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Student Groups At Harvard Call On School To Reinstate Manning Fellowship, Apologize

Widener Library in Harvard Yard. (Joe Difazio for WBUR)MoreCloseclosemore
Widener Library in Harvard Yard. (Joe Difazio for WBUR)

Twelve student groups at Harvard are calling on the university to reinstate former Army intelligence analyst Chelsea Manning as a visiting fellow.

In a statement released Saturday, they also call on the Kennedy School to apologize for rescinding Manning's invitation.

The decision by the school to invite Manning, who is convicted of leaking classified documents, was criticized by CIA Director Mike Pompeo and others Thursday evening. Pompeo canceled a planned talk at Harvard that night because of the invitation. Early Friday, the school's dean told Manning she would no longer be welcomed as a visiting fellow.

The student groups call the withdrawal of Manning's invitation "a classic case of selective outrage." They point out that retired Gen. David Petraeus is a senior fellow — even though Petraeus pleaded guilty to charges he shared classified information with his mistress while he was leading the CIA.

They also reference other whistleblowers, who, compared to Manning, have been seen in a different light:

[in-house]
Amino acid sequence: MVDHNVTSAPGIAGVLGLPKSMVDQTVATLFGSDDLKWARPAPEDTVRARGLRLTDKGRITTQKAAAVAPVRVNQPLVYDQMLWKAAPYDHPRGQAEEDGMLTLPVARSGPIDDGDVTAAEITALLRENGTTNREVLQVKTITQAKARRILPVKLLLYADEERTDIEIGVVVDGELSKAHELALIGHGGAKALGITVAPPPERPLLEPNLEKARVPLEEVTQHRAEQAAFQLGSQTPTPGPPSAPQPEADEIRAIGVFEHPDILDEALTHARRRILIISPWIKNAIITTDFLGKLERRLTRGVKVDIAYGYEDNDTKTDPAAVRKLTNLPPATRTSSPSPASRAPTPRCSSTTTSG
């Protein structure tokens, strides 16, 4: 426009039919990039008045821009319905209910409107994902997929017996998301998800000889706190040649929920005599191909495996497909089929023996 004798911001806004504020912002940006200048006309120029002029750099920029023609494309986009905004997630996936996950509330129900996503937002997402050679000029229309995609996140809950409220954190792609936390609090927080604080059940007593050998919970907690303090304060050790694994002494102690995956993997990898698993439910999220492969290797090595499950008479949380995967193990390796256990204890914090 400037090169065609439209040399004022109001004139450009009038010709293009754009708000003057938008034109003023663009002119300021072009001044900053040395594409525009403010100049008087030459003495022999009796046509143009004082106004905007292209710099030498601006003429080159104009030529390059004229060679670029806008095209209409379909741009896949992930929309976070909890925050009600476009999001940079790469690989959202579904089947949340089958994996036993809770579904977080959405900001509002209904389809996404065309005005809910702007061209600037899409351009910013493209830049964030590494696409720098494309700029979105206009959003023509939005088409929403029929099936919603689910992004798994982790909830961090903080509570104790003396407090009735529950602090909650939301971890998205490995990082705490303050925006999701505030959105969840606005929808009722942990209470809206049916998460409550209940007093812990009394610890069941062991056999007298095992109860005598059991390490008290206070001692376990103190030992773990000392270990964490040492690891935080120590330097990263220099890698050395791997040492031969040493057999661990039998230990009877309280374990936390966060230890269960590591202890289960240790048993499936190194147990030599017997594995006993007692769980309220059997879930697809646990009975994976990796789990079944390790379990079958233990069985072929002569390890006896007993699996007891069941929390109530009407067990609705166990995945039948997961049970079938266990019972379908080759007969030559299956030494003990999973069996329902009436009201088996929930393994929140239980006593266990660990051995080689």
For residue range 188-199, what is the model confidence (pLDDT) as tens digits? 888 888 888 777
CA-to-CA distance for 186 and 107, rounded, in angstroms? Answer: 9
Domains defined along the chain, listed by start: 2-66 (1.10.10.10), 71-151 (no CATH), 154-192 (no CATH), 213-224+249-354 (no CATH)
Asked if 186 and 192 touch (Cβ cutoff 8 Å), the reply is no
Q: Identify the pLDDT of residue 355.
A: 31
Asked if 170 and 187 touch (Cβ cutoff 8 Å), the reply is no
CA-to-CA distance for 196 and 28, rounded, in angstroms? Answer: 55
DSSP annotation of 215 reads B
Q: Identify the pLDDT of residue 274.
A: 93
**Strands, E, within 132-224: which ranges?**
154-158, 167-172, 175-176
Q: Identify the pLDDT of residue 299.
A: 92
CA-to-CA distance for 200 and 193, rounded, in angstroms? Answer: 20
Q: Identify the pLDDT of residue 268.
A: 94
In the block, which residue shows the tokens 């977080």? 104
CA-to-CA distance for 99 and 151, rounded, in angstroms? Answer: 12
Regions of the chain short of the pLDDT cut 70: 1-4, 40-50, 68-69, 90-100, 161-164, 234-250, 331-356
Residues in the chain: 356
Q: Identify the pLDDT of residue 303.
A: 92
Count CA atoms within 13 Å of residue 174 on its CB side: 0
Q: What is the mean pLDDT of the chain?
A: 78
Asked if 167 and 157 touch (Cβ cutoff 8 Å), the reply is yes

Chelsea Manning has not yet been afforded the gloss of time, as have widely respected whistleblowers of the past––from Daniel Ellsberg, who exposed the secret escalation of the Vietnam War, to Mark Felt, who revealed crucial details of the Watergate scandal––but her contributions will undoubtedly be recognized in time.

Noah Wagner is with Harvard's transgender student group, one of the 12 groups calling for Harvard to reverse its decision.

Wagner says the students don't expect school officials to grant their request — but they want to make their voices heard.

"The actions of the administration are not reflective of the curiosity and the admiration that many of us hold for Chelsea Manning and many of us are very much hoping to hear from her," Wagner says.

Wagner says the 12 student groups are working to bring Manning to campus on their own terms — by having student organizations host the convicted leaker as an on-campus speaker.

"I think, to us, [it's] always worth expressing our dissatisfaction and not letting these decisions go without some degree of contestation, some expression, that they're not representative of what students on this campus want. And that another story of Chelsea Manning really needs to be told, in this particular incidence."

On the school's website, Harvard Kennedy School Dean Douglas Elmendorf says that inviting Manning to a visiting fellowship was a mistake, but that she still can come talk to students on campus — it just won't be as a fellow.

School officials didn't immediately respond to requests for comment Sunday.

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